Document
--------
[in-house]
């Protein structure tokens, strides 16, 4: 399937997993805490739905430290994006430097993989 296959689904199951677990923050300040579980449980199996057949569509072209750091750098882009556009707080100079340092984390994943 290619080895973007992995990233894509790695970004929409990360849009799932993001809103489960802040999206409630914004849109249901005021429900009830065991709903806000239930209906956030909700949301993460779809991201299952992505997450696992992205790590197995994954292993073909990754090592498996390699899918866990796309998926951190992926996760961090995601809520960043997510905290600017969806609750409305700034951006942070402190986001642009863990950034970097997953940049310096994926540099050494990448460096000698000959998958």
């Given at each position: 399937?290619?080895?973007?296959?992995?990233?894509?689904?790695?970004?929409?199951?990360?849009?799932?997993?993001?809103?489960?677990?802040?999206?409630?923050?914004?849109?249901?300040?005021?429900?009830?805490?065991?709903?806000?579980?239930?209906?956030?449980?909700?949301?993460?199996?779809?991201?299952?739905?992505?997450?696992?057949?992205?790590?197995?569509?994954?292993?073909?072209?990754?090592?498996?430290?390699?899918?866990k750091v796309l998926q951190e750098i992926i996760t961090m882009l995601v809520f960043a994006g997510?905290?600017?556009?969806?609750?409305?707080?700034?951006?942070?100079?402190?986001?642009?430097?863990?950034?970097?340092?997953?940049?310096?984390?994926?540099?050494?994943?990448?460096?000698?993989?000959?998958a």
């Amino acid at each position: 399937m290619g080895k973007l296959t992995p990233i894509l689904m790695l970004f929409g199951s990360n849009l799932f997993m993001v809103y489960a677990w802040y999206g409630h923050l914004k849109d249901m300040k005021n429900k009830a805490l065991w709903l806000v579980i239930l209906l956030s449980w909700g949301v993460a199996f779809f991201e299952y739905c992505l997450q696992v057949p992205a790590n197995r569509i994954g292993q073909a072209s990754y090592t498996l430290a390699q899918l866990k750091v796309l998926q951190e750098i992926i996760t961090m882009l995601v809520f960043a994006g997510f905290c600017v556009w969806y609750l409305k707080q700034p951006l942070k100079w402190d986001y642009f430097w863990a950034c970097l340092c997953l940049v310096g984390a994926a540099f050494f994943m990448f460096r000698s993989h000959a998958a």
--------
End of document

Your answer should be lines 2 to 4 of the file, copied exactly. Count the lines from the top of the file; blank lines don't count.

């Protein structure tokens, strides 16, 4: 399937997993805490739905430290994006430097993989 296959689904199951677990923050300040579980449980199996057949569509072209750091750098882009556009707080100079340092984390994943 290619080895973007992995990233894509790695970004929409990360849009799932993001809103489960802040999206409630914004849109249901005021429900009830065991709903806000239930209906956030909700949301993460779809991201299952992505997450696992992205790590197995994954292993073909990754090592498996390699899918866990796309998926951190992926996760961090995601809520960043997510905290600017969806609750409305700034951006942070402190986001642009863990950034970097997953940049310096994926540099050494990448460096000698000959998958």
């Given at each position: 399937?290619?080895?973007?296959?992995?990233?894509?689904?790695?970004?929409?199951?990360?849009?799932?997993?993001?809103?489960?677990?802040?999206?409630?923050?914004?849109?249901?300040?005021?429900?009830?805490?065991?709903?806000?579980?239930?209906?956030?449980?909700?949301?993460?199996?779809?991201?299952?739905?992505?997450?696992?057949?992205?790590?197995?569509?994954?292993?073909?072209?990754?090592?498996?430290?390699?899918?866990k750091v796309l998926q951190e750098i992926i996760t961090m882009l995601v809520f960043a994006g997510?905290?600017?556009?969806?609750?409305?707080?700034?951006?942070?100079?402190?986001?642009?430097?863990?950034?970097?340092?997953?940049?310096?984390?994926?540099?050494?994943?990448?460096?000698?993989?000959?998958a």
């Amino acid at each position: 399937m290619g080895k973007l296959t992995p990233i894509l689904m790695l970004f929409g199951s990360n849009l799932f997993m993001v809103y489960a677990w802040y999206g409630h923050l914004k849109d249901m300040k005021n429900k009830a805490l065991w709903l806000v579980i239930l209906l956030s449980w909700g949301v993460a199996f779809f991201e299952y739905c992505l997450q696992v057949p992205a790590n197995r569509i994954g292993q073909a072209s990754y090592t498996l430290a390699q899918l866990k750091v796309l998926q951190e750098i992926i996760t961090m882009l995601v809520f960043a994006g997510f905290c600017v556009w969806y609750l409305k707080q700034p951006l942070k100079w402190d986001y642009f430097w863990a950034c970097l340092c997953l940049v310096g984390a994926a540099f050494f994943m990448f460096r000698s993989h000959a998958a």